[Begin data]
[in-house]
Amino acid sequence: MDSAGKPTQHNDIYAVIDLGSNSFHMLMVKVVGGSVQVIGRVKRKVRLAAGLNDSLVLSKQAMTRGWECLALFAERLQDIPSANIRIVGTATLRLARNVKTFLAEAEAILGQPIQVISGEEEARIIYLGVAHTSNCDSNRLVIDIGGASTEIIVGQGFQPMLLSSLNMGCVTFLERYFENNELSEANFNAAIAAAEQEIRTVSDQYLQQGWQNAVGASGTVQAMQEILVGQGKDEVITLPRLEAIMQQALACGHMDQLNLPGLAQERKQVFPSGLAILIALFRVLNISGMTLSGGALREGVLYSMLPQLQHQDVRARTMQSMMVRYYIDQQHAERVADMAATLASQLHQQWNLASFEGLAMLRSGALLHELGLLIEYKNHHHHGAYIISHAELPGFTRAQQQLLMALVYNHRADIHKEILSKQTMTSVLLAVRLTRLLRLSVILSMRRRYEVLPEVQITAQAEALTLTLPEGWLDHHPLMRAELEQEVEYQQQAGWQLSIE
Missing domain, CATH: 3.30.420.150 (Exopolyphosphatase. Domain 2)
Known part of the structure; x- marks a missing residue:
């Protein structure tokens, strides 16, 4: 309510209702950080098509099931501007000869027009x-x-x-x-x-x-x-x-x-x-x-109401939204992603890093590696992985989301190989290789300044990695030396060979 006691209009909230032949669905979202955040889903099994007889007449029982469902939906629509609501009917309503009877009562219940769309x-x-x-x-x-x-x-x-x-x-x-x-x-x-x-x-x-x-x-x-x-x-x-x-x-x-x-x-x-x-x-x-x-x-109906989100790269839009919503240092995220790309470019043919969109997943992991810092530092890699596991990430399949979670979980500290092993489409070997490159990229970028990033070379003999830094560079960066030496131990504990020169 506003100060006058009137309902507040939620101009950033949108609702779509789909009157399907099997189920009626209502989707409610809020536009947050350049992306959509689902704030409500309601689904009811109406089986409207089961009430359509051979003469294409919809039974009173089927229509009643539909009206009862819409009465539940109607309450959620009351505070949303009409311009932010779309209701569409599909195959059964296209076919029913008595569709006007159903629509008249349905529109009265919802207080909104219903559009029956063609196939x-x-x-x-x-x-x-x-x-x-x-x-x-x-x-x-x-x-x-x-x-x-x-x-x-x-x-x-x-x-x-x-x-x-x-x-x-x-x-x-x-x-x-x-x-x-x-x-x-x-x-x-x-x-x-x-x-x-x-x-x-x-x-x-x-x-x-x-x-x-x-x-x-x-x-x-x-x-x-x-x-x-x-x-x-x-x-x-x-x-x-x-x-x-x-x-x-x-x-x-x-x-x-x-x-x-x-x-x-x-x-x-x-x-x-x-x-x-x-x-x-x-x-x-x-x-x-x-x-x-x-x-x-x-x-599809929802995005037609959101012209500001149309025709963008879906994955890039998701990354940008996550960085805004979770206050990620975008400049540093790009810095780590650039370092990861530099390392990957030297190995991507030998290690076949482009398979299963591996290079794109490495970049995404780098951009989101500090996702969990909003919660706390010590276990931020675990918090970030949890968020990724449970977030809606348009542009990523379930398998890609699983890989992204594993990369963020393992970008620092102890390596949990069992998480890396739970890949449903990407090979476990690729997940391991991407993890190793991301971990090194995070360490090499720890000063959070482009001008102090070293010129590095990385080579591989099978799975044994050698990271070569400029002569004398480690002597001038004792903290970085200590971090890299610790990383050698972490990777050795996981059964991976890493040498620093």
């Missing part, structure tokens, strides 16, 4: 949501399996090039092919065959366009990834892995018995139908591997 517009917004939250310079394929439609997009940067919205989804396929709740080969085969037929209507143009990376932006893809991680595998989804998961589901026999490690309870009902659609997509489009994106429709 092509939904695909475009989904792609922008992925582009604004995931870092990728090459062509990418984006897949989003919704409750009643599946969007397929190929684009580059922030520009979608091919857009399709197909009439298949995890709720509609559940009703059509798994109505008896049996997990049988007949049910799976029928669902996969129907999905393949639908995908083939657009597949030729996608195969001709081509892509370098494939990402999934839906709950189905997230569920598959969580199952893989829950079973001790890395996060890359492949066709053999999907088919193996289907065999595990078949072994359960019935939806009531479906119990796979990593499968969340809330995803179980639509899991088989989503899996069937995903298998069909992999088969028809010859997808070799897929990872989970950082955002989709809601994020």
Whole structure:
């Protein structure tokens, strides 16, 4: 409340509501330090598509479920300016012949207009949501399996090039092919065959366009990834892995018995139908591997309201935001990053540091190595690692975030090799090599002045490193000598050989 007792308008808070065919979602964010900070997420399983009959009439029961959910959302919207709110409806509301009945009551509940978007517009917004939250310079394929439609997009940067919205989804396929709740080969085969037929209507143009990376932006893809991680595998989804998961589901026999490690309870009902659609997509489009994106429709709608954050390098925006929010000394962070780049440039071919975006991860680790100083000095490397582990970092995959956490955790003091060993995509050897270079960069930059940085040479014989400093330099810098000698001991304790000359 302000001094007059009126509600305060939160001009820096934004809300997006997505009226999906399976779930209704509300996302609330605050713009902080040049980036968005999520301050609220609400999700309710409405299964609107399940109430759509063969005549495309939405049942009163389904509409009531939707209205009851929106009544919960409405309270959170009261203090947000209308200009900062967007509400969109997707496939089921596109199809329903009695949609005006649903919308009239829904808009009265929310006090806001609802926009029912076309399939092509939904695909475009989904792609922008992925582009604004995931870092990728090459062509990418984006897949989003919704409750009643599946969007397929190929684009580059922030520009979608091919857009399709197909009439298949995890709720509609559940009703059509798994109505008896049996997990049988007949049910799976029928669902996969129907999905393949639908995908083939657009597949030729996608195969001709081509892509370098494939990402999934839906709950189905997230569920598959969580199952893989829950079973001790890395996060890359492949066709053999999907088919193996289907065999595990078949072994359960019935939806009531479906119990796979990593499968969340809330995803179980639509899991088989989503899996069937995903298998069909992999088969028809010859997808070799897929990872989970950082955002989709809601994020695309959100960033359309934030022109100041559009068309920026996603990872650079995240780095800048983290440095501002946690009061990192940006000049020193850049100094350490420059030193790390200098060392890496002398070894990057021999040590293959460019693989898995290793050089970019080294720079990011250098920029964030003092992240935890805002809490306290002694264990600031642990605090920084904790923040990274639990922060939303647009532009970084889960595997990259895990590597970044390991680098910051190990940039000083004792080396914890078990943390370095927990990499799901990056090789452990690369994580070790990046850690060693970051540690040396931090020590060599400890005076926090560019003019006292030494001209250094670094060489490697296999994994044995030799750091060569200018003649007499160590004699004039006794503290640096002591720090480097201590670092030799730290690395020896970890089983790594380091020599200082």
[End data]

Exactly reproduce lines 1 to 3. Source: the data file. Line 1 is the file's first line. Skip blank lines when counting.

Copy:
[in-house]
Amino acid sequence: MDSAGKPTQHNDIYAVIDLGSNSFHMLMVKVVGGSVQVIGRVKRKVRLAAGLNDSLVLSKQAMTRGWECLALFAERLQDIPSANIRIVGTATLRLARNVKTFLAEAEAILGQPIQVISGEEEARIIYLGVAHTSNCDSNRLVIDIGGASTEIIVGQGFQPMLLSSLNMGCVTFLERYFENNELSEANFNAAIAAAEQEIRTVSDQYLQQGWQNAVGASGTVQAMQEILVGQGKDEVITLPRLEAIMQQALACGHMDQLNLPGLAQERKQVFPSGLAILIALFRVLNISGMTLSGGALREGVLYSMLPQLQHQDVRARTMQSMMVRYYIDQQHAERVADMAATLASQLHQQWNLASFEGLAMLRSGALLHELGLLIEYKNHHHHGAYIISHAELPGFTRAQQQLLMALVYNHRADIHKEILSKQTMTSVLLAVRLTRLLRLSVILSMRRRYEVLPEVQITAQAEALTLTLPEGWLDHHPLMRAELEQEVEYQQQAGWQLSIE
Missing domain, CATH: 3.30.420.150 (Exopolyphosphatase. Domain 2)